Al Blozis is one of just six active NFL players ever killed in wartime.
In the sixty years since his untimely death, the story of All-American Al Blozis (C'1942) is a vital part of the Georgetown athletics tradition. Much has been rightly written about his football prowess on the Hilltop, his track accolades, his NFL Rookie of the Year and All-Pro honors, but comparatively little about the battle in the Vosges Mountains that cost Blozis his life at the age of 26.
Many of the accounts of the battle played to Blozis' heroism: that he was fighting behind enemy lines to rescue fellow soldiers. A reader to this web site, Mr. David Coats, has forwarded this account of Blozis' final battle from someone who witnessed it first hand, his father.
"My father, Lowell S. Coats, served with Al
Blozis during Blozis' very brief time in combat. My father served in
Co. A, 110th Infantry Regiment, 28th Infantry Division. He was the
Company Communications Sgt. at the time Lt. Blozis joined A Co. in
January, 1945, and was in an adjacent foxhole when Lt. Blozis was
"I thought I'd shed a little more light on that sad event in case you wanted to update and clarify this portion of his bio on your web site. If there are any of Blozis' family that maintain contact with Georgetown perhaps they would appreciate this information as I doubt they ever learned much about how he died.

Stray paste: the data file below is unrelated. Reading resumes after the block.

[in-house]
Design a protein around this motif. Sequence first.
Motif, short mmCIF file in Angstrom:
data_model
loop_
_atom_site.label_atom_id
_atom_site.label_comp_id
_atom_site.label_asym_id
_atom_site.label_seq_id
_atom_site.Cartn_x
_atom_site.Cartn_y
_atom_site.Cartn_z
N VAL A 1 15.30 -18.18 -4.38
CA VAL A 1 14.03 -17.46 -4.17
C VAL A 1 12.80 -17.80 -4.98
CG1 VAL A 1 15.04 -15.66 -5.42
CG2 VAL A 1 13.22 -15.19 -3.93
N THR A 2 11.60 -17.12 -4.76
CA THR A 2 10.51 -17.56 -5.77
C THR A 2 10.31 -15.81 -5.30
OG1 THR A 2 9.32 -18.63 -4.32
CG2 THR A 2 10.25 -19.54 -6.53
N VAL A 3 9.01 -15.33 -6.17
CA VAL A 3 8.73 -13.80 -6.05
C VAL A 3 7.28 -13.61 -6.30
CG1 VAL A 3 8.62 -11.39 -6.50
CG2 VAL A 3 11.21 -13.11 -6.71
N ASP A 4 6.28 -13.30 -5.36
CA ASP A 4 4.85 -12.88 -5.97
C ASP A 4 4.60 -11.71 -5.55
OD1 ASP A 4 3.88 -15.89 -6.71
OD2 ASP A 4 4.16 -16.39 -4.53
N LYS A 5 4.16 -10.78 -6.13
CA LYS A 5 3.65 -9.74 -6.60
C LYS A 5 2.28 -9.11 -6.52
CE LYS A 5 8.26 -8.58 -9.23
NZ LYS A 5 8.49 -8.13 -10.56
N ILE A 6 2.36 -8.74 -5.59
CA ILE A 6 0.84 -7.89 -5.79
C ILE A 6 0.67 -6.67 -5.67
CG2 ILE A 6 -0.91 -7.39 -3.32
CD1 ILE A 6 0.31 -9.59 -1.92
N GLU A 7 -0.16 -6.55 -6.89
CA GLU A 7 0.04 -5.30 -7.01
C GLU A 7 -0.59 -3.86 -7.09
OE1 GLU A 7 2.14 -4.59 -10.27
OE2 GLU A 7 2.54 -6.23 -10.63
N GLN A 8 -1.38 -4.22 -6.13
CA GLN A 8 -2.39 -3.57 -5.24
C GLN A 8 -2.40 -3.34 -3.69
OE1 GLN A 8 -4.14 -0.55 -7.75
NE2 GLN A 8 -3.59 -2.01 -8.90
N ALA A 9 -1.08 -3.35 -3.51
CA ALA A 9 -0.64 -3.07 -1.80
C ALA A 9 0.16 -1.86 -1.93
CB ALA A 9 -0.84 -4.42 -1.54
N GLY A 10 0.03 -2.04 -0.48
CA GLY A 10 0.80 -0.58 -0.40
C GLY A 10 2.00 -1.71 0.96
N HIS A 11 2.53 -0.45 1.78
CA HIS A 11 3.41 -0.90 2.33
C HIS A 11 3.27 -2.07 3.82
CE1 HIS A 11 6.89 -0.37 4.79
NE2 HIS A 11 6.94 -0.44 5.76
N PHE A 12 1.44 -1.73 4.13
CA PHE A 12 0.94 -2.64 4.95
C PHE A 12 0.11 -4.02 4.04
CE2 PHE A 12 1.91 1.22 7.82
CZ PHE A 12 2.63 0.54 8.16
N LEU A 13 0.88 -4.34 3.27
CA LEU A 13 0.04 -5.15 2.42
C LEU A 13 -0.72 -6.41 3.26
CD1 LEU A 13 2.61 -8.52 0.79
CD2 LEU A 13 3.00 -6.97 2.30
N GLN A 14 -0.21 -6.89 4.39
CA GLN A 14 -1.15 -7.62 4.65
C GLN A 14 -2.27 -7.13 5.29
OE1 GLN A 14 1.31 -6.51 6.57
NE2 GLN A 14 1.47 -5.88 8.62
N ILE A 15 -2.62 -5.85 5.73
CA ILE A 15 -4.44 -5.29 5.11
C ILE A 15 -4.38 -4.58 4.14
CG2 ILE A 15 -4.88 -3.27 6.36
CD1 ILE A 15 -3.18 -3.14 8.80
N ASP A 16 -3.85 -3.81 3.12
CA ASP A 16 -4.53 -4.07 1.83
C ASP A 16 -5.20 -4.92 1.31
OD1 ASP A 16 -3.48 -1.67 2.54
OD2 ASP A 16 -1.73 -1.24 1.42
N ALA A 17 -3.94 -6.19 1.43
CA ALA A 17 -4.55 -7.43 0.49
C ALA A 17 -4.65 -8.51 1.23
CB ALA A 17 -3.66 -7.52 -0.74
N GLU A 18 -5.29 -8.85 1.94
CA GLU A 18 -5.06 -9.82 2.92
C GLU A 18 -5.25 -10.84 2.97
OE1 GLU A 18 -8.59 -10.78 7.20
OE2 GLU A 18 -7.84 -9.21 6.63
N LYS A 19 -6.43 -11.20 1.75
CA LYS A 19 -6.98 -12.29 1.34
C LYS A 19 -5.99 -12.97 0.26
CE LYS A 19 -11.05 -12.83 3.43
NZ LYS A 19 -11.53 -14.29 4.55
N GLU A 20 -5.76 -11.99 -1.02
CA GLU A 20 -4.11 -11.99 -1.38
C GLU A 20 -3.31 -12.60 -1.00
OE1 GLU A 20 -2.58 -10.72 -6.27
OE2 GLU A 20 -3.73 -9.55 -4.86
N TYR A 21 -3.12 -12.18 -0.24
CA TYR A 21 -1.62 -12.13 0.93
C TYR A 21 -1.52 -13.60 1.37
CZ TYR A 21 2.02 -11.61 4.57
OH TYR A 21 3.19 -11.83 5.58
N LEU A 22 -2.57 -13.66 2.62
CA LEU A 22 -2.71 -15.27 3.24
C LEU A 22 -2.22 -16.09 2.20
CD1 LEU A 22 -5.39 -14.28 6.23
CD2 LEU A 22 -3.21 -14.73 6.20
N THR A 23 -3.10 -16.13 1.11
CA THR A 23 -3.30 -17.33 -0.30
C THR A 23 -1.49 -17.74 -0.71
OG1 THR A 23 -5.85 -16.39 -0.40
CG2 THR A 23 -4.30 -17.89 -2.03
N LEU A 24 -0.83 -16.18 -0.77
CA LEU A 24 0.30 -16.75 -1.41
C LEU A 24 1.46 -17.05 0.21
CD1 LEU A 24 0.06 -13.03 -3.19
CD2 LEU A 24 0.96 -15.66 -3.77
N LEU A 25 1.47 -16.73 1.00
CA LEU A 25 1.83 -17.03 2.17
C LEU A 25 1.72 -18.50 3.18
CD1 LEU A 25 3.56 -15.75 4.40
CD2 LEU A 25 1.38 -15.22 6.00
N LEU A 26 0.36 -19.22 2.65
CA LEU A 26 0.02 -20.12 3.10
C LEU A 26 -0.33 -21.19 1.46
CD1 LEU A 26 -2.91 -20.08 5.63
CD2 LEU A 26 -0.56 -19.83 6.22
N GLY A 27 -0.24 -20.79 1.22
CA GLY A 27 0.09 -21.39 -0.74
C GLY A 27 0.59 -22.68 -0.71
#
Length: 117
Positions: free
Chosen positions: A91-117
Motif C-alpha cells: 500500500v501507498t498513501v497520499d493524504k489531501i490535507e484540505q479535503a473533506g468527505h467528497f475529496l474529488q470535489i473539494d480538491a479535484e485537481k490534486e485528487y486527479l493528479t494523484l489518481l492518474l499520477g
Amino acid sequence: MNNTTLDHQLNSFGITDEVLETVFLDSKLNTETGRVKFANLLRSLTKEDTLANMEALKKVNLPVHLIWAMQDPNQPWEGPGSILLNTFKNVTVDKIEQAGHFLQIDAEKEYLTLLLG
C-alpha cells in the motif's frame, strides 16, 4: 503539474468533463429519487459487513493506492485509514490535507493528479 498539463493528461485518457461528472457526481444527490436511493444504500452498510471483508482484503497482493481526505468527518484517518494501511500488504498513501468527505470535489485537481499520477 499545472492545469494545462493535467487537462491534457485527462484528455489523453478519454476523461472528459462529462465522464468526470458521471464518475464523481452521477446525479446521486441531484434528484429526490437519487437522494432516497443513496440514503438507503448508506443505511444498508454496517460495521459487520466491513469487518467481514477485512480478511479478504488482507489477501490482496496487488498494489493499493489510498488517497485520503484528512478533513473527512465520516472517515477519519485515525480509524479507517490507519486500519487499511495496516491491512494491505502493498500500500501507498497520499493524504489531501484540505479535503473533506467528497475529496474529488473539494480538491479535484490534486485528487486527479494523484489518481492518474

"In January, 1945, the 110th Regiment was regrouping in Fumay France after having been decimated during the initial days (Dec. 16-18, 1944) of the Battle of the Bulge. The 110th was in the direct path of the German breakthrough and took the full brunt of the German offensive. The Germans out numbered them by 10 to 1 and by the end of the 3rd day of the battle the 110th ceased to exist as a fighting unit. But before the regiment was completely overrun they had managed to slow down the German advance putting them well off their timetable and they had bought enough time to enable the 101st Airborne Division to get into Bastogne before the Germans cut off access to the city. This, too, would serve as one of the key successes in the early days of the battle. The regiment suffered a very high casualty rate of about 67% during the breakthrough. My father's platoon would be the only surviving unit from A Co.
"Sometime in late January shortly after Lt. Blozis was assigned to A Co. they were rushed south to the Colmar Pocket to assist the Third Army in cleaning out the last remaining German forces west of the Rhine. It was essentially the last German offensive of the war and the men sometimes referred to this battle as the 'Little Battle of the Bulge'. The 110th's 1st Battalion to which Co. A belonged was held in reserve while the 2nd and 3rd battalions participated in the liberation of Colmar and began the push to the Rhine. Although in reserve, Co. A was nonetheless given the task of taking a prominent point in the Vosges Mountains toward the rear of the combat zone near the French town of Orbey. The mountain or large hill was called Black Mountain by the Army but its real name was Le Cras. The village of LaBaroche is nearby.